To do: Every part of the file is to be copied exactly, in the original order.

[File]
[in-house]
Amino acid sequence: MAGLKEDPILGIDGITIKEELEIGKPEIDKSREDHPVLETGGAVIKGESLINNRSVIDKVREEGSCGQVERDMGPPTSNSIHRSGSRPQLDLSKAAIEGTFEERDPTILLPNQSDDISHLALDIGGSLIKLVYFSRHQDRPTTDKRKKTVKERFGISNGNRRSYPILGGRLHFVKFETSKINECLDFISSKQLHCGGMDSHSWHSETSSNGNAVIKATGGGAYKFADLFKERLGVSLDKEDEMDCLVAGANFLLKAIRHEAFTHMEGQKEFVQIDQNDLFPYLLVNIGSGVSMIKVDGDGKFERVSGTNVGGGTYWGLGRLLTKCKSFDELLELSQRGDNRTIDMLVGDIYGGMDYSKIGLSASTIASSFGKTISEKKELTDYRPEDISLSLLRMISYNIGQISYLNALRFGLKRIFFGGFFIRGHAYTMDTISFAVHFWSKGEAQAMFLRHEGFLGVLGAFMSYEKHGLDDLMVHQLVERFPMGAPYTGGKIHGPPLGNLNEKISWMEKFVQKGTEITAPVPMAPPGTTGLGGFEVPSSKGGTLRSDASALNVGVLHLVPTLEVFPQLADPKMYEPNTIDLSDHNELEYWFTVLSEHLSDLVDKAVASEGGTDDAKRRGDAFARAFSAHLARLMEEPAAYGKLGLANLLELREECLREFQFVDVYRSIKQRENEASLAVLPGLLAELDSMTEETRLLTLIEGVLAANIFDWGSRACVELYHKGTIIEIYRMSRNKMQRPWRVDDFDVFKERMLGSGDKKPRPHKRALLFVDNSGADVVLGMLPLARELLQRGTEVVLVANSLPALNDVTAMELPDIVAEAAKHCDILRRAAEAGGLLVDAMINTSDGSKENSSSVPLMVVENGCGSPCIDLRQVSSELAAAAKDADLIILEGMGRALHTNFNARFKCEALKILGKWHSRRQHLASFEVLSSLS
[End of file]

[in-house]
Amino acid sequence: MAGLKEDPILGIDGITIKEELEIGKPEIDKSREDHPVLETGGAVIKGESLINNRSVIDKVREEGSCGQVERDMGPPTSNSIHRSGSRPQLDLSKAAIEGTFEERDPTILLPNQSDDISHLALDIGGSLIKLVYFSRHQDRPTTDKRKKTVKERFGISNGNRRSYPILGGRLHFVKFETSKINECLDFISSKQLHCGGMDSHSWHSETSSNGNAVIKATGGGAYKFADLFKERLGVSLDKEDEMDCLVAGANFLLKAIRHEAFTHMEGQKEFVQIDQNDLFPYLLVNIGSGVSMIKVDGDGKFERVSGTNVGGGTYWGLGRLLTKCKSFDELLELSQRGDNRTIDMLVGDIYGGMDYSKIGLSASTIASSFGKTISEKKELTDYRPEDISLSLLRMISYNIGQISYLNALRFGLKRIFFGGFFIRGHAYTMDTISFAVHFWSKGEAQAMFLRHEGFLGVLGAFMSYEKHGLDDLMVHQLVERFPMGAPYTGGKIHGPPLGNLNEKISWMEKFVQKGTEITAPVPMAPPGTTGLGGFEVPSSKGGTLRSDASALNVGVLHLVPTLEVFPQLADPKMYEPNTIDLSDHNELEYWFTVLSEHLSDLVDKAVASEGGTDDAKRRGDAFARAFSAHLARLMEEPAAYGKLGLANLLELREECLREFQFVDVYRSIKQRENEASLAVLPGLLAELDSMTEETRLLTLIEGVLAANIFDWGSRACVELYHKGTIIEIYRMSRNKMQRPWRVDDFDVFKERMLGSGDKKPRPHKRALLFVDNSGADVVLGMLPLARELLQRGTEVVLVANSLPALNDVTAMELPDIVAEAAKHCDILRRAAEAGGLLVDAMINTSDGSKENSSSVPLMVVENGCGSPCIDLRQVSSELAAAAKDADLIILEGMGRALHTNFNARFKCEALKILGKWHSRRQHLASFEVLSSLS